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Let $\alpha \geq 1$ and $X_n$ be independent random variables such that $P(X_n=2)=P(X_n=-2)=\frac 1{2n^\alpha}$ and $P(X_n=0)=1-\frac 1{n^\alpha}$. Let $S_n=\sum_{k=1}^n X_k$.

Depending on the value of $\alpha$, what are the properties of $S_n$ (convergence, asymptotic behaviour)?

$S_n$ is clearly a Markov chain on the even integers. Note that it is not time-homogeneous or stationary.


Since $E(X_n)=0$ and $V(X_n)=\frac 4{n^\alpha}$, we have $V(S_n)=4\sum_{k=1}^n \frac{1}{k^\alpha}$.

Whether $\alpha=1$ or $\alpha >1$, we have respectively $V(S_n)=O(\log n)$ and $V(S_n)=O(1)$. In both cases, by Markov's bound, for any $\epsilon >0$ and $\delta >0$, $$P(\frac{|S_n|}{ n^{1/2+\epsilon}}\geq\delta) = P(|S_n|\geq n^{1/2+\epsilon}\delta)=O\left( \frac{\log n}{n^{1+2\epsilon}}\right)$$ and since $\sum_n \frac{\log n}{n^{1+2\epsilon}} < \infty$, we get $S_n = o\left(n^{1/2+\epsilon} \right)$ a.s.


As noticed by Olivier in the comments, if $\alpha>1$, $\sum_n P(X_n\neq 0) = \sum_n \frac{1}{n^\alpha}<\infty$ thus by Borel-Cantelli lemma, $P(\limsup_n (X_n\neq 0)) = 0$, i.e. $$P(\liminf_n (X_n= 0)) = 1$$ Hence almost surely, $S_n$ becomes constant.

Olivier also noticed that $S_n$ is a martingale, and for $\alpha>1$, $E(S_n^2) = V(S_n)=O(1)$. A result from the theory of martingales implies that $S_n$ converges almost surely and also converges in $L^2$.


The characteristic function of $S_n$ is $$\prod_{k=1}^n \frac 1{2k^\alpha} e^{2it} + \frac 1{2k^\alpha} e^{-2it} + 1-\frac 1{k^\alpha} = \prod_{k=1}^n \left(1-\frac{1-\cos(2t)}{k^\alpha}\right)$$ When $\alpha=1$, this converges pointwise to $$t\mapsto 1_{\pi \mathbb Z}(t) $$ This limit is not a continuous function, so Lévy's continuity theorem does not apply. This rather indicates that $S_n$ does not converge in distribution when $\alpha=1$.

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    $\begingroup$ Hi Gabriel. One idea for intuition - and perhaps eventually for proof (?) : in continuous time, continuous martingales may be time changed into browian motions; the situation is quite similar here; the process at time $n$ should be close to a simple random walk at time $4 \log(n)$. I'll think of references to push this approach (check perhaps Lawler Limic). $\endgroup$ – Olivier Sep 12 at 21:44
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    $\begingroup$ About cvg in probability/a.s. convergence : as soon as $\alpha>1$, Borel-Cantelli gives you almost sure convergence of the $X_n$ towards 0, meaning the process $S_n$ converges (=is ultimately constant here). Also, the process $S_n$ is a martingale and under the same condition $\alpha>1$, estimation on the variance ensures the process is bounded in $L^2$, leading to the same conclusion plus the fact that the limit is in $L^2$; beware there is a typo in the calculation of the variance of $S_n$ in your post, you have sumed the tails, this invalidates your first paragraph. $\endgroup$ – Olivier Sep 13 at 14:40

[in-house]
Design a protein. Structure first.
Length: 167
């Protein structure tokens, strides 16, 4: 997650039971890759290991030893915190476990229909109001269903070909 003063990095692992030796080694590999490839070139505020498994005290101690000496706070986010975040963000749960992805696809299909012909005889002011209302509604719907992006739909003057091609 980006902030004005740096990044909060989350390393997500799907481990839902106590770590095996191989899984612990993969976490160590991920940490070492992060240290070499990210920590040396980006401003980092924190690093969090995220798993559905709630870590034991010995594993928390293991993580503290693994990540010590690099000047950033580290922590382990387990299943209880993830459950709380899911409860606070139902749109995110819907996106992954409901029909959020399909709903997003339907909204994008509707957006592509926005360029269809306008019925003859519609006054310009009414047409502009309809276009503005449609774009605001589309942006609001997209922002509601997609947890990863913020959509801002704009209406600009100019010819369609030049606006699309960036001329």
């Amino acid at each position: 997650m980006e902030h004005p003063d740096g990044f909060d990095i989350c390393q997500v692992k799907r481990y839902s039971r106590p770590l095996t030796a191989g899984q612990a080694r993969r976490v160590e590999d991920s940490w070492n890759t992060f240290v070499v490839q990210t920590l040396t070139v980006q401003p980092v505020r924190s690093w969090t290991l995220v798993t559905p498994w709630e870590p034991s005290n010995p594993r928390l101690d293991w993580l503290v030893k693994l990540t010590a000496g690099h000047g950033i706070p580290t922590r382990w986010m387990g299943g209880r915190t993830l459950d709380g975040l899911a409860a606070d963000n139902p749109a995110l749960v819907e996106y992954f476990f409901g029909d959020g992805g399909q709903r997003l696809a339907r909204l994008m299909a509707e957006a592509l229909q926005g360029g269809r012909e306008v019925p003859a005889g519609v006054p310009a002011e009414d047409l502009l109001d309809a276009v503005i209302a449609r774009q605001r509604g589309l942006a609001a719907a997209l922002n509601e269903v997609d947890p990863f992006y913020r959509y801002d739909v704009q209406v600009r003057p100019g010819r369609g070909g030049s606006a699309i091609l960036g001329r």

• $\begingroup$ @Olivier Thanks for your nice response and sorry for the non-sense. I'm wondering what more can be said about the a.s limit when $\alpha >1$ ? I've updated my post to show that $S_n = o\left(n^{1/2+\epsilon} \right)$ a.s. (for $\alpha \geq 1$). I'd be interested in sharper estimates. Also, for $\alpha>1$, it'd be interesting to say something about $\tau$ the random time after which the walk becomes constant. E.g. does $\tau$ have an expectation ? $\endgroup$ – Gabriel Romon Sep 13 at 15:20
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    $\begingroup$ By the application of the Kolmogorov's Three-Series Theorem, we know that $(S_n)_{n\geq 1}$ converges almost surely if and only if $\alpha > 1$. Moreover, it is well-known that an independent sum converges almost surely if and only if it converges in distribution. So this completely addresses the question of convergence of $S_n$ with probability one, in probability, and in distribution. $\endgroup$ – Sangchul Lee Sep 13 at 16:45
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    $\begingroup$ Also, for $\alpha \in (0, 1]$, Lindeberg condition is satisfied, and so, $S_n/s_n\to\mathcal{N}(0,1)$ in distribution as $n\to\infty$, where $s_n:=\sqrt{\mathbf{Var}(S_n)}$. And as Olivier pointed out, I suspect that $S_n$ would behave like a random walk at time $s_n^2$. For instance, the Martingale FCLT tells that the linear interpolation of points $\{(s_k^2/s_n^2,S_k/s_n)\}_{k=0}^{n}$ converges weakly to the law of the Weiner process $\{W_t\}_{0\leq t\leq1}$. And I suspect that $S_n$ satisfies a form of Law of Iterated Logarithm, although I have no proof yet. $\endgroup$ – Sangchul Lee Sep 14 at 0:01

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